danger, to which you are, or may be, more liable than any of us from. . .from
circumstances. . .things that have been." He paused embarrassed. As she replied, she
raised her finger and pointed to her forehead. "I know. That is why I must go. I can tell
you now, whilst the sun is coming up. I may not be able again. I know that when the
Count wills me I must go. I know that if he tells me to come in secret, I must by wile. By
any device to hoodwink, even Jonathan." God saw the look that she turned on me as
she spoke, and if there be indeed a Recording Angel that look is noted to her ever-
lasting honor. I could only clasp her hand. I could not speak. My emotion was too great
for even the relief of tears. She went on. "You men are brave and strong. You are strong
in your numbers, for you can defy that which would break down the human endurance
of one who had to guard alone. Besides, I may be of service, since you can hypnotize
me and so learn that which even I myself do not know."
Dr. Van Helsing said gravely, "Madam Mina, you are, as always, most wise. You shall
with us come. And together we shall do that which we go forth to achieve." When he
had spoken, Mina's long spell of silence made me look at her. She had fallen back on
her pillow asleep. She did not even wake when I had pulled up the blind and let in the
sunlight which flooded the room. Van Helsing motioned to me to come with him quietly.
We went to his room, and within a minute Lord Godalming, Dr. Seward, and Mr. Morris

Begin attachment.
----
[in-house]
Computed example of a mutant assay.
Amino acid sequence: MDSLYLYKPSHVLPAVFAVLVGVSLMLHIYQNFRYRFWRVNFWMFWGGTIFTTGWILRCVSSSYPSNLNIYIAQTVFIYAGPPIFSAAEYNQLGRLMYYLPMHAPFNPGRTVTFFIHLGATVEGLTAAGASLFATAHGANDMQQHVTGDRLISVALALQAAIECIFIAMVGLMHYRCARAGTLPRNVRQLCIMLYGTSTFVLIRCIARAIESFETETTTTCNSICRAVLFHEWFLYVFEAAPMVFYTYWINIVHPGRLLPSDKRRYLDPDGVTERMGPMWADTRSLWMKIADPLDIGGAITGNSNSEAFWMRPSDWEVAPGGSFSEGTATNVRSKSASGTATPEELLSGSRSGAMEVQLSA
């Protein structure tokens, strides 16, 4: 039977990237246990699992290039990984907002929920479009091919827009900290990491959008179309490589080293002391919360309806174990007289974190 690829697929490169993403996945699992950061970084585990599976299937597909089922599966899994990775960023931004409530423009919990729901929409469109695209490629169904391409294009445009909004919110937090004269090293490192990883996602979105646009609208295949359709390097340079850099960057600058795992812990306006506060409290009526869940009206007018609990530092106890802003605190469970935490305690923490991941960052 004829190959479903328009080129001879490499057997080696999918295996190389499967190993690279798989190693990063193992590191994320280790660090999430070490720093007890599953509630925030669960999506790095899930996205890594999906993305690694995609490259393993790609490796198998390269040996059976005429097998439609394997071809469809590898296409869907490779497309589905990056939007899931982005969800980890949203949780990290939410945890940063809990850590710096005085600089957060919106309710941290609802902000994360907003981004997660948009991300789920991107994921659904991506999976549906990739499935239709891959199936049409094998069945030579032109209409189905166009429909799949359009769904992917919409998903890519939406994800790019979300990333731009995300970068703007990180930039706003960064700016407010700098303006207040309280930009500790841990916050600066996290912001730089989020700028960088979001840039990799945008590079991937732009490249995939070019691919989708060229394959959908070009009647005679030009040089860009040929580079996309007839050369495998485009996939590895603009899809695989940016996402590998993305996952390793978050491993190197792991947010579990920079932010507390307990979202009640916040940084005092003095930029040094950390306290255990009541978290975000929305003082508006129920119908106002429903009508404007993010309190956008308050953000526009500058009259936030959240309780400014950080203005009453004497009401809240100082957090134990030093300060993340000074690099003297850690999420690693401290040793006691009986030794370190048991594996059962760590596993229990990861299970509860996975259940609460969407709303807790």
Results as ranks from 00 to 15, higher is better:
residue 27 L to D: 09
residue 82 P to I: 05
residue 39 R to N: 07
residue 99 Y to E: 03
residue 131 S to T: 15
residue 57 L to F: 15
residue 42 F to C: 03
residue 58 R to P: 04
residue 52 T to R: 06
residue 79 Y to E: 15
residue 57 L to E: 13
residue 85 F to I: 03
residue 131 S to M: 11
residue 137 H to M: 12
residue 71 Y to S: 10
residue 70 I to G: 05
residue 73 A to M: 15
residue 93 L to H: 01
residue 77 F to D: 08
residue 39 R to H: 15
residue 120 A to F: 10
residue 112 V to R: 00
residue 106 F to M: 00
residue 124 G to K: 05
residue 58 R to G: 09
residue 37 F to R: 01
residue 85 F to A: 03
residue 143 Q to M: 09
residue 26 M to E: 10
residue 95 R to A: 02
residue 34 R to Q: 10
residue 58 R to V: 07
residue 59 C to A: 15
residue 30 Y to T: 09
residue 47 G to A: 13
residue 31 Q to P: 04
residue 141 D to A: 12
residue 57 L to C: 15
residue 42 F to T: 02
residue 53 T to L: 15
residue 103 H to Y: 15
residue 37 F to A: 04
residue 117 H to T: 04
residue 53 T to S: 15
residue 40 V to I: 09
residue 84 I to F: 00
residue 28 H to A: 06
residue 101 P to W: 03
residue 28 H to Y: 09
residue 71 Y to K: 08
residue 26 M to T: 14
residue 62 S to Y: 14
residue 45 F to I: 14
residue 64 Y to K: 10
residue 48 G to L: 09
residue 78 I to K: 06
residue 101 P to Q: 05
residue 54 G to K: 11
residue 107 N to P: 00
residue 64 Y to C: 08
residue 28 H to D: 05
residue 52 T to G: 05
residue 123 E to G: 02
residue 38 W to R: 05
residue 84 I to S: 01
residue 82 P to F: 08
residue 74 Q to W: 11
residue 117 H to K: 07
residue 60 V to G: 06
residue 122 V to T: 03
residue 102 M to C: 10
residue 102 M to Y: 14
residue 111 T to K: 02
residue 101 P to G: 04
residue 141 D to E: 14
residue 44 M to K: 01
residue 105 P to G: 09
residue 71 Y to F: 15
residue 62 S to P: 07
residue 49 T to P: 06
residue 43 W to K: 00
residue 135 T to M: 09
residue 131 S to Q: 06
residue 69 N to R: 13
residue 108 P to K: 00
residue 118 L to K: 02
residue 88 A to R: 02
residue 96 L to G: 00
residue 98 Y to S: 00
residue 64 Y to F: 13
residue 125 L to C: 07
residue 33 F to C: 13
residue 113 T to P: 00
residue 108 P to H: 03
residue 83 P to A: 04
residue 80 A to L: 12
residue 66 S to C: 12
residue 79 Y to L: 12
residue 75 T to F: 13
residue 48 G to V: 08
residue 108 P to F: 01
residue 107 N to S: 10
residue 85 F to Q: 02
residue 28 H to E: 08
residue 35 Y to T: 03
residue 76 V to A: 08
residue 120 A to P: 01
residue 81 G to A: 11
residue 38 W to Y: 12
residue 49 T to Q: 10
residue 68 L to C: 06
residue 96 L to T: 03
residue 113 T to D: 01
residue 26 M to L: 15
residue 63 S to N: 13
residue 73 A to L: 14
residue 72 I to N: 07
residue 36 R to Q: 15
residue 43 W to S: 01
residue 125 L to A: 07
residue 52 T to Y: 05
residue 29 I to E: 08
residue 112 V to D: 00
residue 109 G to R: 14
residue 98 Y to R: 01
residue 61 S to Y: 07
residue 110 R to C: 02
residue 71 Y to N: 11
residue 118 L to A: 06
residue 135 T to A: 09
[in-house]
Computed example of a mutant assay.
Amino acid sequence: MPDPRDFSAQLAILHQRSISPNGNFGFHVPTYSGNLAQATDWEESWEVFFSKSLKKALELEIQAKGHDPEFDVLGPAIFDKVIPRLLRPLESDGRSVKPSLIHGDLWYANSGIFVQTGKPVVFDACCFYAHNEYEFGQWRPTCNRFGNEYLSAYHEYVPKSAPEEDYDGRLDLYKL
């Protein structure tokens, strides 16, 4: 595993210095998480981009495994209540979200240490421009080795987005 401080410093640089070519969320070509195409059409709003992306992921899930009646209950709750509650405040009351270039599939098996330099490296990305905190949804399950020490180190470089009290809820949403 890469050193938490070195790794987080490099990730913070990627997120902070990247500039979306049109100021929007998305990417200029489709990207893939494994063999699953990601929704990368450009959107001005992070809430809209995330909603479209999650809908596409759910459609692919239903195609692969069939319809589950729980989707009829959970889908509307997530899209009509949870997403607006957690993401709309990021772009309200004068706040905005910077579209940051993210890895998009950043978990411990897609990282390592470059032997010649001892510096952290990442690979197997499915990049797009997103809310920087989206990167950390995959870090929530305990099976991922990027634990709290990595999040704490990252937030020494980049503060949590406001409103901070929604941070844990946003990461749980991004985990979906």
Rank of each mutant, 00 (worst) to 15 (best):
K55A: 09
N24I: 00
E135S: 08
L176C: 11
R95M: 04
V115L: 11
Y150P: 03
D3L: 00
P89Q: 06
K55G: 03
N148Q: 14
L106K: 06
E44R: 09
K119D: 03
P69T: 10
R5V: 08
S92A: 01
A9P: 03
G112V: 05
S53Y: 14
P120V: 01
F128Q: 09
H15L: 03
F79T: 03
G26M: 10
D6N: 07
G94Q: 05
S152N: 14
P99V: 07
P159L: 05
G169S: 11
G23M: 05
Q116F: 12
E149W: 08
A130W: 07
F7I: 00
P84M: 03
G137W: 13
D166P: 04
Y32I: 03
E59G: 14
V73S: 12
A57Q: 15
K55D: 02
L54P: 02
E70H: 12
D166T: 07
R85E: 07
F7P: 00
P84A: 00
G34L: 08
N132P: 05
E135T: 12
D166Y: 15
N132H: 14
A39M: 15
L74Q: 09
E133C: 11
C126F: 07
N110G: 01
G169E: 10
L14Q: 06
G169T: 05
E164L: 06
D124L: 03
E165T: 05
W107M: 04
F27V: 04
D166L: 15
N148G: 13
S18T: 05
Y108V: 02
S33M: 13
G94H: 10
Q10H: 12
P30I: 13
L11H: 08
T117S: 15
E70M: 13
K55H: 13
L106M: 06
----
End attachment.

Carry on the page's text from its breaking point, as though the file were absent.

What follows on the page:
were with us also.
He told them what Mina had said, and went on. "In the morning we shall leave for
Varna. We have now to deal with a new factor, Madam Mina. Oh, but her soul is true. It
is to her an agony to tell us so much as she has done. But it is most right, and we are
warned in time. There must be no chance lost, and in Varna we must be ready to act
the instant when that ship arrives."
"What shall we do exactly?" asked Mr. Morris laconically.
The Professor paused before replying, "We shall at the first board that ship. Then,
when we have identified the box, we shall place a branch of the wild rose on it. This we
shall fasten, for when it is there none can emerge, so that at least says the superstition.
And to superstition must we trust at the first. It was man's faith in the early, and it have
its root in faith still. Then, when we get the opportunity that we seek, when none are
near to see, we shall open the box, and. . .and all will be well."
"I shall not wait for any opportunity," said Morris. "When I see the box I shall open it and
destroy the monster, though there were a thousand men looking on, and if I am to be
wiped out for it the next moment!" I grasped his hand instinctively and found it as firm as
a piece of steel. I think he understood my look. I hope he did. "Good boy," said Dr. Van
Helsing. "Brave boy. Quincey is all man. God bless him for it. My child, believe me none
of us shall lag behind or pause from any fear. I do but say what we may do. . .what we
must do. But, indeed, indeed we cannot say what we may do. There are so many things
which may happen, and their ways and their ends are so various that until the moment
we may not say. We shall all be armed, in all ways. And when the time for the end has
come, our effort shall not be lack. Now let us today put all our affairs in order. Let all
things which touch on others dear to us, and who on us depend, be complete. For none
of us can tell what, or when, or how, the end may be. As for me, my own affairs are